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There are some names that, as a young cricketer, you do not want, because they come loaded with a heavy freight. They are almost always familial. Consider the task of clambering clear of the moniker of Botham or Richards as Liam and Mali once had to do. The Don's son briefly changed his, so distorting was its effect on his life. They are names that do not stand simply for cricketers of note, but for something bigger: a way of playing the game itself.
Imagine then, that you are William Tavaré, who has signed a contract to play professional cricket for Gloucestershire. Because as surely as Botham, Richards or Bradman are names that come laden with meaning, then so is Tavaré. William is the nephew of perhaps the most extraordinary batsman to appear for England in the last 30 years, the motionless phenomenon that was CJ Tavaré.
No one who saw Chris Tavaré bat will forget it in a hurry, even if the detail is blurred by its endless repetition. If David Steele was the bank clerk who went to war, Tavaré was the conscientious objector who took arms. Tall, angular and splayfooted, a thin moustache sketched on his top lip, he would walk to the crease like a stork approaching a watering hole full of crocs.
Once there, he began not to bat but to set, concrete drying under the sun. His principal movement was between the stumps and square leg, to where he would walk, gingerly, after every ball. If John Le Mesurier had played Test cricket, he would have played it like Chris Tavaré. His innings spread themselves across games, eroding the will of the opposition and the spectator alike, smoothing off the edges as if they were pebbles in a stream.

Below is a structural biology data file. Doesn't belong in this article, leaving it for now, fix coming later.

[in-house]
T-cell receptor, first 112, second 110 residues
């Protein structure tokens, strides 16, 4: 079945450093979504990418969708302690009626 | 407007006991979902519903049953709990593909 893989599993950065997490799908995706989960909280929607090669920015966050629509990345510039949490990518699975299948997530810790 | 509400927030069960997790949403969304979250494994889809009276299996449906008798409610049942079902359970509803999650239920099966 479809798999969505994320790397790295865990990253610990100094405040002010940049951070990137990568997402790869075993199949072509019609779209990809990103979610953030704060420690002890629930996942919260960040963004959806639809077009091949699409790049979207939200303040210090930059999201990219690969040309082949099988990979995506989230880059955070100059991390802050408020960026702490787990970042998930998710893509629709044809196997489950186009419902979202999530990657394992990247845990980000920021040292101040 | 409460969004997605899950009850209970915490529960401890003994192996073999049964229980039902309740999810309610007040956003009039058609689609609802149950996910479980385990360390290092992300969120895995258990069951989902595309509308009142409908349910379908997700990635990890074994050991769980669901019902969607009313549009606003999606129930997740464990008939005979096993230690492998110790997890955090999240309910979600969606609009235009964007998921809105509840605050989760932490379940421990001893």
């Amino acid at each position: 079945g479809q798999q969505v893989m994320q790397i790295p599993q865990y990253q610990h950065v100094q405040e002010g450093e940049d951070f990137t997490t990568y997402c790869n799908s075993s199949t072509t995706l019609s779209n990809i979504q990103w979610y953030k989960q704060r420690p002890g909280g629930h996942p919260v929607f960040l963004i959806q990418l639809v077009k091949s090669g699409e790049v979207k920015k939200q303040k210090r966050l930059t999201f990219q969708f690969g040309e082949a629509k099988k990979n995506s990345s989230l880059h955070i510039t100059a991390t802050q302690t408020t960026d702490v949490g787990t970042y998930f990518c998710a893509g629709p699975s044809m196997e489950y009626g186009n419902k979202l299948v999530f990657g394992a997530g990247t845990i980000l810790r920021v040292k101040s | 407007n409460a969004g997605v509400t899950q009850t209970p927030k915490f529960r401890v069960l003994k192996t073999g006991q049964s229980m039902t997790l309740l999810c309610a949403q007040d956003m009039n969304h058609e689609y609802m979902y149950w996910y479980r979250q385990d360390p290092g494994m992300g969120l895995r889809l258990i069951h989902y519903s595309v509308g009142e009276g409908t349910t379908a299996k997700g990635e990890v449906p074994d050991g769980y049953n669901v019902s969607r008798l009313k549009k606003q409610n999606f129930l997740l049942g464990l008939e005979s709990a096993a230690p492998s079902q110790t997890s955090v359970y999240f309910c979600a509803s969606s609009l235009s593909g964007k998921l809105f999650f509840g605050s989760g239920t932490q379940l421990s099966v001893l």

The portents came early. In his third Test innings, against West Indies at Lord's in 1980, he fussed for more than four hours over 42. In his next game, his 69 and 78 combined to occupy just under 12 hours of playing time.
Then came the innings that cemented (almost literally) his legend. His four-hour-plus fifty against Pakistan in 1982 was the second-slowest half-century in the history of the game, and yet even that paled in comparison to the five-and-a-half hour 35 against India in Madras, a knock that assumed the dimensions of a siege for all involved.
In a team that contained Botham, Gatting, Lamb and Gower, Tavaré truly stood out. The mighty ballast that he provided against the Australians in '81 (179 runs at 44.75) played a part in that famous win, albeit one that never quite makes the highlights reels.
His only Ashes tour in 1982-83 left its scars on the local psyche, too. As Matthew Engel slyly noted, "he was the antithesis of the Australians' idea of a cricketer". In Perth, he treated them to an eight-hour 89, 60 minutes of which were entirely scoreless. Gideon Haigh fell into a trance-like state while watching it on television, and later discovered that Tavaré (a uxorious gent, of course) had been troubled all tour by his wife's fear of flying, a mental trauma that nailed him ever more firmly to the crease.
Like a lot of slow players, stories abounded that he was a wolf in sheep's clothing, capable of pillaging county attacks on quiet Canterbury afternoons. If it happened, no one remembers it now. Instead, his high point as a man of action must remain the classic fourth Test, in Melbourne, that began, on Boxing Day of 1982, with Tav making 89 in just 247 minutes at a strike rate north of three an over, an innings that contained 15 boundaries in an era when the distant reaches of the MCG were marked only by the pickets. It was his anomalous masterpiece, and England won by three runs.
Rather marvellously, Chris Tavaré is now a biology teacher, and his pupils are surely rigorously but gently schooled. Into a cricketing world that he would not recognise steps William, whose first-class record to date is respectable (nine innings at 32.75, with a best of 61), but even if he turns out to be the next Chris Gayle, the Tavaré name will plod after him - slowly and from a distance of course. Good luck, my friend.
© ESPN Sports Media Ltd.
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